That's in stark contrast to another local megachurch, Forest Hill, which spells out how it's elders are elected right on its website. “We then screen them, we interview them, look at their experience here in the church and their commitment to Christ,” said Steve Brown, the church’s financial committee chairman, who also releases the church’s audited financial statement. “We want people to see exactly what this congregation is giving.”
 
Many other evangelical groups, like the Billy Graham Evangelical Association and Samaritan's Purse, release their tax returns by law. So if you give, you might not completely approve of what Franklin Graham gets paid, but at least you know, and you get a say. The Baptist State Convention of North Carolina puts a salary chart right on its website. You can look up what Baptist preachers get paid depending on the size of their congregations.
 
The highest pay here for churches over a thousand members is $231,000 per year. But megachurches like Elevation are in a category all their own. They hire compensation consultants to look at other megachurches. And no one is releasing those numbers.
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« Reply #3 on: October 24, 2013, 06:46:31 pm »

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« Reply #4 on: November 04, 2013, 06:21:35 am »

Steven Furtick Says House Is From God, Apologizes for Controversy

Amid controversy surrounding his 16,000-square-foot home and questions about his salary, pastor Steven Furtick apologized to his congregation Sunday—not for the house, but for any uncomfortable conversations they may have had as a result.

“My wife and I made a decision, and we built a house,” the founder and pastor of the 12,000-member Elevation Church in Charlotte, N.C., said at a service in Blakeney, N.C. “It’s a big house, and it's a beautiful house, and we thank God for it. … We understand everything we have comes from God.”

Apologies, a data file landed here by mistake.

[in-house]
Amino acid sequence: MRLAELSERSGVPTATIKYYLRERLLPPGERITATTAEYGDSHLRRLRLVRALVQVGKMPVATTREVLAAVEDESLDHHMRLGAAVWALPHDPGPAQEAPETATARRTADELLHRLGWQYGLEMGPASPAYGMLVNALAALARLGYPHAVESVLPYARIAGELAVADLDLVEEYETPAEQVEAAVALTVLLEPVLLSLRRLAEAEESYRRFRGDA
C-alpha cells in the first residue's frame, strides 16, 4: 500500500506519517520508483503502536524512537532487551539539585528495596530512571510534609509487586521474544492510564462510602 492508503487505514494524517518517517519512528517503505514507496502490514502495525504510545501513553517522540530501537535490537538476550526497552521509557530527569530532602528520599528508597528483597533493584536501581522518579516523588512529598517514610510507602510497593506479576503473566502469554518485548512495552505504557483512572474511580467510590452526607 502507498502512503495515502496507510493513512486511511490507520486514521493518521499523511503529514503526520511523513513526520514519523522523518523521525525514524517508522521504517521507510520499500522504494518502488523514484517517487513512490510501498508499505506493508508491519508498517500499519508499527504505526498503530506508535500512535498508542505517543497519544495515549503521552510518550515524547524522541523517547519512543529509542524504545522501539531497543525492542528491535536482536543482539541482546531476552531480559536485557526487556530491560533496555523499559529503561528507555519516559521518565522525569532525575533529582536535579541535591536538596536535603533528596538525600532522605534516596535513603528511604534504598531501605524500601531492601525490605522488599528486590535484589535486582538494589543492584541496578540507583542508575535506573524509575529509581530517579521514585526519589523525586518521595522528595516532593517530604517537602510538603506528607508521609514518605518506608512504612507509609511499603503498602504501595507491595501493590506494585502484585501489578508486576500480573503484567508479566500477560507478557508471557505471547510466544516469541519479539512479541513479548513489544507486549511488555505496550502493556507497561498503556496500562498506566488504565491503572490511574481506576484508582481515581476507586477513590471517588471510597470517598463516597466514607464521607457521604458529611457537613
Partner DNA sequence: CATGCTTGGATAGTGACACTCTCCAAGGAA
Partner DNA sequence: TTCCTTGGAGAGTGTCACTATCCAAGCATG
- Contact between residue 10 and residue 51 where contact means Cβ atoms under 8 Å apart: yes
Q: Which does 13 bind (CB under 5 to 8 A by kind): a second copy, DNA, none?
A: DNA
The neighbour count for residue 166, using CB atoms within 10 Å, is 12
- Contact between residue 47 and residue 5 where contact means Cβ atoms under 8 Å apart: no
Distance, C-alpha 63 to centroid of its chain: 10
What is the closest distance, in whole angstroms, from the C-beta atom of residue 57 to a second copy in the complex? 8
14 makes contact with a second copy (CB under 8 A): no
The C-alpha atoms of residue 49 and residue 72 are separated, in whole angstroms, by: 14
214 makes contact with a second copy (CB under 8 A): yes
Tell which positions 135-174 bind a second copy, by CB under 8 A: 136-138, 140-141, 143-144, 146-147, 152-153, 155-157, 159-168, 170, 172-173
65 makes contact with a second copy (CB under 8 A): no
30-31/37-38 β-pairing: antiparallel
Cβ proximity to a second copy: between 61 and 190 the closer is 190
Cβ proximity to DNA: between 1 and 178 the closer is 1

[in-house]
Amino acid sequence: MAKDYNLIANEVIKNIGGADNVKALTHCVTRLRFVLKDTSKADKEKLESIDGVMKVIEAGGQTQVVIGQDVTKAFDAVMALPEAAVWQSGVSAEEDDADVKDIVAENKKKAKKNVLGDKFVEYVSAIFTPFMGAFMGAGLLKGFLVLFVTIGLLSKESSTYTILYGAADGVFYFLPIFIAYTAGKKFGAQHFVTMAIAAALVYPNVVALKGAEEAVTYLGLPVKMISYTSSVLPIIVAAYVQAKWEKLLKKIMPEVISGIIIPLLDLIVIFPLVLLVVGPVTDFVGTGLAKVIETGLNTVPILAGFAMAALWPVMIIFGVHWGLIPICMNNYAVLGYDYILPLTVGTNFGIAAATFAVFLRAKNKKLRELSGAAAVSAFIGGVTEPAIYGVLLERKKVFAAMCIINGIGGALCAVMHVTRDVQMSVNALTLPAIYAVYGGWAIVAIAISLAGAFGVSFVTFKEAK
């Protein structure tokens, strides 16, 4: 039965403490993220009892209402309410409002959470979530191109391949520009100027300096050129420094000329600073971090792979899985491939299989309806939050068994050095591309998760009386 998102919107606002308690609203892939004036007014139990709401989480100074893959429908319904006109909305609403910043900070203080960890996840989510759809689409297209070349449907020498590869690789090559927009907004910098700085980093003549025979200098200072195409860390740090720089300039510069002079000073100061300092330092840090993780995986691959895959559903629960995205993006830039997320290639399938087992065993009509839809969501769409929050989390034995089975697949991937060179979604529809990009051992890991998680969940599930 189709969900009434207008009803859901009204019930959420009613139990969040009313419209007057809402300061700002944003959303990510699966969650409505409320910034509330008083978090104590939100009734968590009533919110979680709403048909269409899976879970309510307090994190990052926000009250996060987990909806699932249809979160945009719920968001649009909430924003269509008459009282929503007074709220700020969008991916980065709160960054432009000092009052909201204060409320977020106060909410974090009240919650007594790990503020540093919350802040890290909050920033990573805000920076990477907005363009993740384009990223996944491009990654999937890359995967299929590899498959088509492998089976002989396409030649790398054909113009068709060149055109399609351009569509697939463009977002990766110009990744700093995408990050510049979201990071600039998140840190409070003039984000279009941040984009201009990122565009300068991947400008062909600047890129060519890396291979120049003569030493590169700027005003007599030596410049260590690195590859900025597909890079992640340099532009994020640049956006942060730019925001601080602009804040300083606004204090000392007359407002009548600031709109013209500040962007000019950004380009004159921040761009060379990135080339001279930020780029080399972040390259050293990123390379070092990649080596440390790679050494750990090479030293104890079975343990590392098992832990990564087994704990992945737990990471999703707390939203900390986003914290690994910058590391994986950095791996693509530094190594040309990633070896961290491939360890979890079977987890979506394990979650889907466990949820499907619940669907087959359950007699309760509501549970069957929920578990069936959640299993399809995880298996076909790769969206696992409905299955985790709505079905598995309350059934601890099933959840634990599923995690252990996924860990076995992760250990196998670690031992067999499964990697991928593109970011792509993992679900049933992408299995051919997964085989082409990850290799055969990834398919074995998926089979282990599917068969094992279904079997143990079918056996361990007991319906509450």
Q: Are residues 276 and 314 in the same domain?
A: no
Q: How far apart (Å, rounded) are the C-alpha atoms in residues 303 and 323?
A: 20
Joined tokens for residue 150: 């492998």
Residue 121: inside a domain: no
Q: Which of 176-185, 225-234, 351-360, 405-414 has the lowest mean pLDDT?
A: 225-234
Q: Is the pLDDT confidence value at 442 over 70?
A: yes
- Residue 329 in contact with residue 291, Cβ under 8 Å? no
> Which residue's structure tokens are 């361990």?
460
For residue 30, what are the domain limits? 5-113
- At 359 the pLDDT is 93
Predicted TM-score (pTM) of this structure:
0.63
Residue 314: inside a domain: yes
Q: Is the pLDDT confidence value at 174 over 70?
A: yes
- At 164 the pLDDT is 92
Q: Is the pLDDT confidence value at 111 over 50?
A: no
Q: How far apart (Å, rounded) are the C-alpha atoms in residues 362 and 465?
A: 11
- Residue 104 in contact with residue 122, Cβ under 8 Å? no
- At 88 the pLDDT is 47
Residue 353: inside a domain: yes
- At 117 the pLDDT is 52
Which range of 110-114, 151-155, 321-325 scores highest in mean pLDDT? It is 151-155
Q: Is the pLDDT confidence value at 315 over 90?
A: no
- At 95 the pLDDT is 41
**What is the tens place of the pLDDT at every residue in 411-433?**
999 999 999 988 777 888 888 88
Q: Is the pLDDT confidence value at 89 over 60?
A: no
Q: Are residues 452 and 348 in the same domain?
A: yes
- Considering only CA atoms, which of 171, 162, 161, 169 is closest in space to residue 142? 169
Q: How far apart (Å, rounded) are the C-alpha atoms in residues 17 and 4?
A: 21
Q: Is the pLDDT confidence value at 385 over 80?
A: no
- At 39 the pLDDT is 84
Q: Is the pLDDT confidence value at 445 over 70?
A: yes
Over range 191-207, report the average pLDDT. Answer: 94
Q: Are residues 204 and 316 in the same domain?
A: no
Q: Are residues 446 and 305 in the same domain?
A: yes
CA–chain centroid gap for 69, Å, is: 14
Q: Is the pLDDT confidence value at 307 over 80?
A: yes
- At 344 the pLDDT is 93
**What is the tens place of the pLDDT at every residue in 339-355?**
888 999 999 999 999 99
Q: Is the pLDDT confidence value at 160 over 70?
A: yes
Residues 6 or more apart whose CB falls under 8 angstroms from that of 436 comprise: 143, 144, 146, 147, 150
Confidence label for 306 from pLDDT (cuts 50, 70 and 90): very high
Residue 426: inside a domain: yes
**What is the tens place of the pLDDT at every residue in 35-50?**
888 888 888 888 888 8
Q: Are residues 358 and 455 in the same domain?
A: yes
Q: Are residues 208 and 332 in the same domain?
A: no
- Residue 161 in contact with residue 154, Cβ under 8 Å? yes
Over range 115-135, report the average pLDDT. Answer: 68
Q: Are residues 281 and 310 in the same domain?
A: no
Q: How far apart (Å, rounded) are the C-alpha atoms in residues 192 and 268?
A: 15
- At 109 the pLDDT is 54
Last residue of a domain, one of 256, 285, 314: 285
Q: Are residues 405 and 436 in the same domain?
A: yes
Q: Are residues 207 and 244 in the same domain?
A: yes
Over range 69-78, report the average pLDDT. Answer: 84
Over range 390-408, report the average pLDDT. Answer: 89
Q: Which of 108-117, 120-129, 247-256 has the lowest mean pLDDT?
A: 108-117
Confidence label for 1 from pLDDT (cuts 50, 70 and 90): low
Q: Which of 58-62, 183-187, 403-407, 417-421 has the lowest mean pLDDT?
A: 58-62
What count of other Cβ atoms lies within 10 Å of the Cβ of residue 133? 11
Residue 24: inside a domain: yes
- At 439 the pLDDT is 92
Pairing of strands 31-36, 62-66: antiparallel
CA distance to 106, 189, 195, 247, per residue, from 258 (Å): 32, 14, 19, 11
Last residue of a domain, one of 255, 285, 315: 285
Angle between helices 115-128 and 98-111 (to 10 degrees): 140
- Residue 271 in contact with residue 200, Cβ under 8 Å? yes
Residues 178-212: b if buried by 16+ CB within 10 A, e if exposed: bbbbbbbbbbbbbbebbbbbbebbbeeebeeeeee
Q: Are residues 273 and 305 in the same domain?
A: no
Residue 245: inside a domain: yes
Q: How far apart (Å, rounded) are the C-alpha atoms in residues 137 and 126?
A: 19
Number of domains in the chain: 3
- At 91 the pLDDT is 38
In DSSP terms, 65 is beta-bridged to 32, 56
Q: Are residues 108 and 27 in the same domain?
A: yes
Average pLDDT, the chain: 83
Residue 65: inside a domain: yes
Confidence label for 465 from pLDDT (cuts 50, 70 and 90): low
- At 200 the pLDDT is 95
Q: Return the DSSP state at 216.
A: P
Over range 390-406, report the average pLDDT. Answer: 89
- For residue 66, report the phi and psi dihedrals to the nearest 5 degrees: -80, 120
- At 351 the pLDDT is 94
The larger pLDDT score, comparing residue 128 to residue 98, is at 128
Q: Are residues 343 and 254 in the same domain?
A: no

Furtick was open about the house—which he described as 8,400 square feet of heated living area, with the rest consisting of basement, attic, garage and porch space, according to an Associated Press report.

Critics say the $1.7 million home does not reflect the heart of a servant.

“The pastor should be the servant of his people. He should be the one that is most transparent,” said Ole Anthony of the Trinity Foundation, a nonprofit that monitors and investigates religious fraud, in an investigative report from NBC Charlotte. “It saddens me to see what the church is becoming.”

The Elevation Church pastor told his congregation he was most worried about how the attention from the media affected them.

“I’m sorry for the uncomfortable conversations you had to have this week,” he said, according to the Charlotte Observer. “I have always tried to make this a church where you could be proud of your church.” The congregation responded with a standing ovation.

Furtick, author of best-sellers Greater and Sun Stand Still, insists that he paid for the house with money from book sales—though he has not revealed how much he makes from his books and speaking engagements. He has also not divulged his salary from the church, which has been determined by an appointed “board of overseers” rather than the congregation.

The megachurch pastor thanked his members on Sunday for “what you’ve prayed, what you’ve said and what you haven’t said. … We appreciate knowing that you have our back.”

Furtick also added that the media is not an enemy, noting that news outlets can report what they want. “I do not call this an attack,” he said. “This is a news story, and the media is not our enemy.”

In his 10-minute address preceding the sermon, Furtick concluded that he looked forward to continuing his ministry in Charlotte “for the next 50 years,” adding that “the best is yet to come.”

http://www.charismanews.com/us/41539-steven-furtick-says-house-is-from-god-apologizes-for-controversy
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« Reply #5 on: November 04, 2013, 11:07:59 am »

Quote
Furtick, author of best-sellers Greater and Sun Stand Still, insists that he paid for the house with money from book sales—though he has not revealed how much he makes from his books and speaking engagements. He has also not divulged his salary from the church, which has been determined by an appointed “board of overseers” rather than the congregation.

It's as if the modern-day church system is runned like a CIA organization - SO secretive. The previous church I was at a few years ago was like that(ie-they were runned like a hierarchy corporation, and they never showed their monthly budgets).